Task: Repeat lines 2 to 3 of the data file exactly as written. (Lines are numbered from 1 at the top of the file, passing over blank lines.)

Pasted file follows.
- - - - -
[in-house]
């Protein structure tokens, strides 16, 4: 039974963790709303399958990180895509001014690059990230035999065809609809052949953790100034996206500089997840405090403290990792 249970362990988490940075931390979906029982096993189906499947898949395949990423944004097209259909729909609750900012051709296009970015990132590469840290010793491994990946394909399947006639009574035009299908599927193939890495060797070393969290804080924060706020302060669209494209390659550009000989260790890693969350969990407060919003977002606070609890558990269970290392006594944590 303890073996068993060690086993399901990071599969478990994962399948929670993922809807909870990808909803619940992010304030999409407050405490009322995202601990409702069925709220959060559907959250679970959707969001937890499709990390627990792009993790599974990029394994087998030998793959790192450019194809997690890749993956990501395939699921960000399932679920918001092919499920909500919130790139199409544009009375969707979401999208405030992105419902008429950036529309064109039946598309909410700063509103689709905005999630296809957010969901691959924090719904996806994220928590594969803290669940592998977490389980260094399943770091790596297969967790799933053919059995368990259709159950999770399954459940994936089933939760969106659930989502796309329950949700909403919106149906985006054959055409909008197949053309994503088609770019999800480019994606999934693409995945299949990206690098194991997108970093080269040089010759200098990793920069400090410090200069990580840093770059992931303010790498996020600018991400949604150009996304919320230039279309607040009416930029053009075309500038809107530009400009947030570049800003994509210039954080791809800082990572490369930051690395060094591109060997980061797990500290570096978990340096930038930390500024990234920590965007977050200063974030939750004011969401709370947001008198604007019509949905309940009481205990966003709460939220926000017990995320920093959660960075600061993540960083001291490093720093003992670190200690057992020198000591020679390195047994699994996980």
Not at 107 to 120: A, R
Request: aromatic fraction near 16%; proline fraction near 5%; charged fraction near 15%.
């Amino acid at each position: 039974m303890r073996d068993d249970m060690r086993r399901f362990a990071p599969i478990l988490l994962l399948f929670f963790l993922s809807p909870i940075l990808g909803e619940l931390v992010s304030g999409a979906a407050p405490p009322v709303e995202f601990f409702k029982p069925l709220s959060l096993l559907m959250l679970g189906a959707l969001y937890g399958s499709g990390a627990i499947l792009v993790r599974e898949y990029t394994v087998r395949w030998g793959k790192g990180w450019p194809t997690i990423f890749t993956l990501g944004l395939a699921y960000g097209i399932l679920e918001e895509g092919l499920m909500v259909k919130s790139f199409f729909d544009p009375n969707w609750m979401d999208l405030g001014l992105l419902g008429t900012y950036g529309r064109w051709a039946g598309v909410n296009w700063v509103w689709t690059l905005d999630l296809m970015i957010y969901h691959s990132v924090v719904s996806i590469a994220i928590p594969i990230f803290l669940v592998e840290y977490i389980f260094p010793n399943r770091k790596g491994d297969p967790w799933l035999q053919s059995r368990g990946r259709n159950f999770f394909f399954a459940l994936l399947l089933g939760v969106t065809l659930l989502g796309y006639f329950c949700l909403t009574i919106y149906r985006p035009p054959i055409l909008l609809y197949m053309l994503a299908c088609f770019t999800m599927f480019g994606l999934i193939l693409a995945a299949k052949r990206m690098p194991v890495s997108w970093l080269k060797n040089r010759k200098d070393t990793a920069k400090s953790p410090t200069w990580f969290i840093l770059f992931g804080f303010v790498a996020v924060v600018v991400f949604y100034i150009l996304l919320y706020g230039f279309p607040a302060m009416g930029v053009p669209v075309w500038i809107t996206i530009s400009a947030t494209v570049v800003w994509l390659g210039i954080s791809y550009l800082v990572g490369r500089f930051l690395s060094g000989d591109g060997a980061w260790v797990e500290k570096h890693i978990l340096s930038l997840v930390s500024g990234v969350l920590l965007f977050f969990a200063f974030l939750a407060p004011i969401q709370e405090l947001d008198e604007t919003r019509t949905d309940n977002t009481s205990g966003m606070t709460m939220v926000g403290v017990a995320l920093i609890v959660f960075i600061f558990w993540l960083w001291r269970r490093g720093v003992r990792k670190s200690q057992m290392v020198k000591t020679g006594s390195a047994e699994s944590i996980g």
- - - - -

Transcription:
């Protein structure tokens, strides 16, 4: 039974963790709303399958990180895509001014690059990230035999065809609809052949953790100034996206500089997840405090403290990792 249970362990988490940075931390979906029982096993189906499947898949395949990423944004097209259909729909609750900012051709296009970015990132590469840290010793491994990946394909399947006639009574035009299908599927193939890495060797070393969290804080924060706020302060669209494209390659550009000989260790890693969350969990407060919003977002606070609890558990269970290392006594944590 303890073996068993060690086993399901990071599969478990994962399948929670993922809807909870990808909803619940992010304030999409407050405490009322995202601990409702069925709220959060559907959250679970959707969001937890499709990390627990792009993790599974990029394994087998030998793959790192450019194809997690890749993956990501395939699921960000399932679920918001092919499920909500919130790139199409544009009375969707979401999208405030992105419902008429950036529309064109039946598309909410700063509103689709905005999630296809957010969901691959924090719904996806994220928590594969803290669940592998977490389980260094399943770091790596297969967790799933053919059995368990259709159950999770399954459940994936089933939760969106659930989502796309329950949700909403919106149906985006054959055409909008197949053309994503088609770019999800480019994606999934693409995945299949990206690098194991997108970093080269040089010759200098990793920069400090410090200069990580840093770059992931303010790498996020600018991400949604150009996304919320230039279309607040009416930029053009075309500038809107530009400009947030570049800003994509210039954080791809800082990572490369930051690395060094591109060997980061797990500290570096978990340096930038930390500024990234920590965007977050200063974030939750004011969401709370947001008198604007019509949905309940009481205990966003709460939220926000017990995320920093959660960075600061993540960083001291490093720093003992670190200690057992020198000591020679390195047994699994996980």
Not at 107 to 120: A, R